PLAYGROUNDS IN DISREPAIR
Honolulu Advertiser, January 23, 2008
By: Eloise Aguiar
Playground equipment installed at dozens of public parks less than 10 years ago is deteriorating due to rust, corrosion and wear, and the lack of a comprehensive city maintenance program has left many of the structures with holes or broken pieces that residents say pose a safety hazard and can take months to repair.
Conditions at a small community park on Peterson Lane in Kalihi are typical of what parents and Honolulu's youngest citizens have to deal with at many parks.
A ladder is missing from the play structure, the soft flooring used to prevent injuries in the event of a fall has large ruts and the equipment is covered with graffiti.
Residents say the playground is popular with children, attracting as many as 20 on any given afternoon. But some parents no longer allow their kids on the playground because it's in such bad shape.
"There was a point when it was nice," said Justin Gonsalves, who used to take his nephew to the Peterson playground. He said the problem is that the city doesn't maintain the park. "I wish it could be nicer."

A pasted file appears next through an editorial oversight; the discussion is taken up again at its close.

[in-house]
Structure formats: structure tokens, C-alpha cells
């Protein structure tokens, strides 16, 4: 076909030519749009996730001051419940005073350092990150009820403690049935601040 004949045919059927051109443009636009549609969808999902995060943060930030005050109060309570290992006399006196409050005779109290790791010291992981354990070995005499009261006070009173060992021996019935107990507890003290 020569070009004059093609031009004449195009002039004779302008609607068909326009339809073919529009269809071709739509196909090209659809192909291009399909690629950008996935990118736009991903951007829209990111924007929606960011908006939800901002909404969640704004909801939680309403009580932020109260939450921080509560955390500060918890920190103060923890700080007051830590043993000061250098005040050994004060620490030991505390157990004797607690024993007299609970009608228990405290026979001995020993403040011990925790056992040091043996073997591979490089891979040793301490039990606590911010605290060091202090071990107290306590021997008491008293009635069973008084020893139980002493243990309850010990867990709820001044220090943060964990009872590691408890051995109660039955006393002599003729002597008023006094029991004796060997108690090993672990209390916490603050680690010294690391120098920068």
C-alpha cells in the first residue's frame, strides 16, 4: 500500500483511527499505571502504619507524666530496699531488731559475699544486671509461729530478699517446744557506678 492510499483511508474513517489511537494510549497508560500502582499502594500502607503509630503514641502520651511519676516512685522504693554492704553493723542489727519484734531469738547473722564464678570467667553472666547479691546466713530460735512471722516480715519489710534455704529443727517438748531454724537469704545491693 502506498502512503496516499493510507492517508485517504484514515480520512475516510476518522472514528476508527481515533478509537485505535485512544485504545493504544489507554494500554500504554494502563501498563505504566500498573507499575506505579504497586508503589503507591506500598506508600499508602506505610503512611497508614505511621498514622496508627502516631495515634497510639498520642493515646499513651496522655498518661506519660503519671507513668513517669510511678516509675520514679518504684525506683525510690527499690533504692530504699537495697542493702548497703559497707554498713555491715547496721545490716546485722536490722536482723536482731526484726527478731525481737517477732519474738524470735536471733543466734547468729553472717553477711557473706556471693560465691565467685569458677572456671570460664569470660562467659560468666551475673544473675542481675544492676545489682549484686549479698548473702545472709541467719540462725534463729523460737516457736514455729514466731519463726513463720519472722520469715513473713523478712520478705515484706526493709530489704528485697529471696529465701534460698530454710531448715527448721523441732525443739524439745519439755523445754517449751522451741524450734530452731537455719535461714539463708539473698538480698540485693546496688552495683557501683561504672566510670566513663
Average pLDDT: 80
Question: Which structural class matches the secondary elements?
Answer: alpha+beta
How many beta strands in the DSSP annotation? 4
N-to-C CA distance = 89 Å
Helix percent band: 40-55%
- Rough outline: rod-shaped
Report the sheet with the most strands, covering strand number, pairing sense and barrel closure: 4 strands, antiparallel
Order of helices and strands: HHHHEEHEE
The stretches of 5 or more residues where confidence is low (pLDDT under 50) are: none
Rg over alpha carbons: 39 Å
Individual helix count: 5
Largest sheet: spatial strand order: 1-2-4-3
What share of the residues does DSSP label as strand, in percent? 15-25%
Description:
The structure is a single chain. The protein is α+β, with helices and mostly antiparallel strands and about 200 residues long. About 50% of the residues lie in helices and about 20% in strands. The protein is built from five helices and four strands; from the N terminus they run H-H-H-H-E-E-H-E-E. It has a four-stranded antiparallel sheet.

Dana Takahara-Dias, deputy director for the Department of Parks and Recreation, could not say how many repairs are backed up or give an overall assessment of the condition of the city's playground equipment.
Nevertheless, the city is aware of the problem and is taking steps to prevent further loss of its play equipment, Takahara-Dias said.
"Instead of waiting for it to break — when it's too late — we will be doing maintenance so it ensures a longer life," she said.
At the heart of the effort is a new system that would request money specifically for repairs and maintenance of individual play apparatus, Takahara-Dias said.
Takahara-Dias said the department has taken inventory of its play equipment and an ad hoc committee will categorize them according to their condition: needs no improvement, needs minimal improvement and needs major improvement.
It will then draw up a maintenance plan for its 218 play structures and will seek funding this year to start the work, she said.
"We're looking at having an islandwide plan shortly," Takahara-Dias said. "This is really exciting for us. It's the first time anyone has thought about doing this."
It could be awhile before residents see any change, though. It will be months before the money can be approved as part of the city budget process, and there's already a backlog of repairs.
PROBLEMS IN KAILUA
The changes can't come soon enough for Kailua resident Gary Lockwood.